Retro: our movie & TV vault... a fresh look
at neglected classics and cult favourites
Barney Platts-Mills (born 1944) entered the film industry as an assistant editor. In 1966,
he set up his own production company, at first making documentaries. Bronco Bullfrog,
shot in 35mm black and white, was his first dramatic feature, made in East London with an
amateur cast. A loosely woven storyline centres on Del (Del Walker), a teenager at odds with
his parents. The film is more a character study, observing Del as a relationship with 15-year-old
Irene (Ann Gooding) develops. Meanwhile, Jo, nicknamed 'Bronco Bullfrog' (Sam Shepherd), is back
from Borstal, tempting Del towards a life of petty crime.
Independent British cinema of the 1960s and 1970s tends to be neglected nowadays. At a time when American investment was retreating, local production tended to be dominated by James Bond, softcore sex comedies, Hammer films and less reputable low-budget horrors. There is also a strand of low-budget socially realistic work from that time, such as Mike Leigh's debut feature Bleak Moments and Ken Loach's early work. Bronco Bullfrog is very much in the same vein as Loach's film, in its use of documentary techniques in a work of fiction, a commitment to showing life as it is, and to observe his characters without judging them. What is remarkable is how little the film has dated. Nowadays, Del, Irene and Jo would be on the Internet and be using mobile phones, but that superficial detail apart, the film could take place now virtually unchanged.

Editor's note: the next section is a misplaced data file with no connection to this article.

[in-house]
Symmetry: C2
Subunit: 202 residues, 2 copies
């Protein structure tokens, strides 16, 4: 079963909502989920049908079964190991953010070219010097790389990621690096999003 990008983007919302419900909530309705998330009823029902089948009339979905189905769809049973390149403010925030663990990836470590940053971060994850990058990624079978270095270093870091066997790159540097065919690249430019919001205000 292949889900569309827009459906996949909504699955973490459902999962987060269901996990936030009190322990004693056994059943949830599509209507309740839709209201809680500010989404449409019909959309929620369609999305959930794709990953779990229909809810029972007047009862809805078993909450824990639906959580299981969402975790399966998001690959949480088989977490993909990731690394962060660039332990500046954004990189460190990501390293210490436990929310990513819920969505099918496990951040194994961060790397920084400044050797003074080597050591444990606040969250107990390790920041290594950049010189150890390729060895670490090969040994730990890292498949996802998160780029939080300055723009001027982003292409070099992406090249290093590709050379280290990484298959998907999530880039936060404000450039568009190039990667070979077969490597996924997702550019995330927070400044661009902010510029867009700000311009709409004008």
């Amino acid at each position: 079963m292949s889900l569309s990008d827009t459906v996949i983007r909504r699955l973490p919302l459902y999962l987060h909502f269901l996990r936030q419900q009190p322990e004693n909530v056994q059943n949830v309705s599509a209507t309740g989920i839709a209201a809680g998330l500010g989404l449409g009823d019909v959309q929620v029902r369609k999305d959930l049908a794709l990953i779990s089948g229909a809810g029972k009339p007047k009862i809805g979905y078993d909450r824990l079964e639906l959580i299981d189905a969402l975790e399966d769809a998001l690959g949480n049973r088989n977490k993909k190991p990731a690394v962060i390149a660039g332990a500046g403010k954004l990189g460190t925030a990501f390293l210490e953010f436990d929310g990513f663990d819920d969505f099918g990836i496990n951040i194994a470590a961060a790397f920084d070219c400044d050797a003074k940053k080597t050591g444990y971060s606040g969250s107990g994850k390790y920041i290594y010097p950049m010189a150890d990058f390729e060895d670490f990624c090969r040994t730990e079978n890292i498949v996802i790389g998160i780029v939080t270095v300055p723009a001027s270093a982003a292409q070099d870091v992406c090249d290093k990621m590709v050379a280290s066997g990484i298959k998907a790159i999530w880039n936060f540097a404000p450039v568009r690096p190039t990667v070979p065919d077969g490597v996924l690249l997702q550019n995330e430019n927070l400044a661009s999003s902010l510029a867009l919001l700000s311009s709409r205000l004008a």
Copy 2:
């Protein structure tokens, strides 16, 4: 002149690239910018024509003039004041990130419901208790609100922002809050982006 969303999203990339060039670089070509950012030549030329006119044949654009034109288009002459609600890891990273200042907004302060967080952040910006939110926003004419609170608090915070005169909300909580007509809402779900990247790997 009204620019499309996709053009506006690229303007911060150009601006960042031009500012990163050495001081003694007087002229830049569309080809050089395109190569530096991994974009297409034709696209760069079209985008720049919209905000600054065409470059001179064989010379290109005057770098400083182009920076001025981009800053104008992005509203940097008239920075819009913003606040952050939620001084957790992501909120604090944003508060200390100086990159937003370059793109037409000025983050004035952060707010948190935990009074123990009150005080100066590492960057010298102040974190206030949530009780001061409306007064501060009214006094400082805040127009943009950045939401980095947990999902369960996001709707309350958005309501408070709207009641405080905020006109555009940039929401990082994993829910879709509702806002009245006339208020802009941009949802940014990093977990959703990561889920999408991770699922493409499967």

The price of independence can be a lack of output. Although he has made films for television and written screenplays, he has only made two further features: Private Road in 1970 and the brave but fatally flawed Scots Gaelic-language Film on Four Hero in 1982, which I caught on its one and only TV showing. However, at the time of writing (July 2008) a new film is in post-production.
Self-distributed by the director, the all-regions DVD of Bronco Bullfrog has a 4:3 DVD transfer. (I'm not sure which ratio this film played in on the big screen. 1.66:1 is quite likely, though the picture isn't unduly cropped when zoomed to 16:9 on a widescreen set.) The DVD is transferred from a National Film Archive copy: it begins with that organisation's logo and the original BBFC 'AA' certificate. (The film now rates a 12.) However, the copy reviewed was NTSC format, mastered from a PAL source, making for a picture that is unduly soft and prone to ghosting. The soundtrack is mono, as you might expect. Subtitles are available in English and French. Also on the disc is a trailer for Private Road and the 29-minute 1969 documentary Everyone's An Actor, Shakespeare Said.
Bronco Bullfrog is available at www.platts-mills.com. Also available are DVDs of Private Road and Hero, Faber's book of the screenplays of all three films and a reproduction of the original poster for Bronco Bullfrog.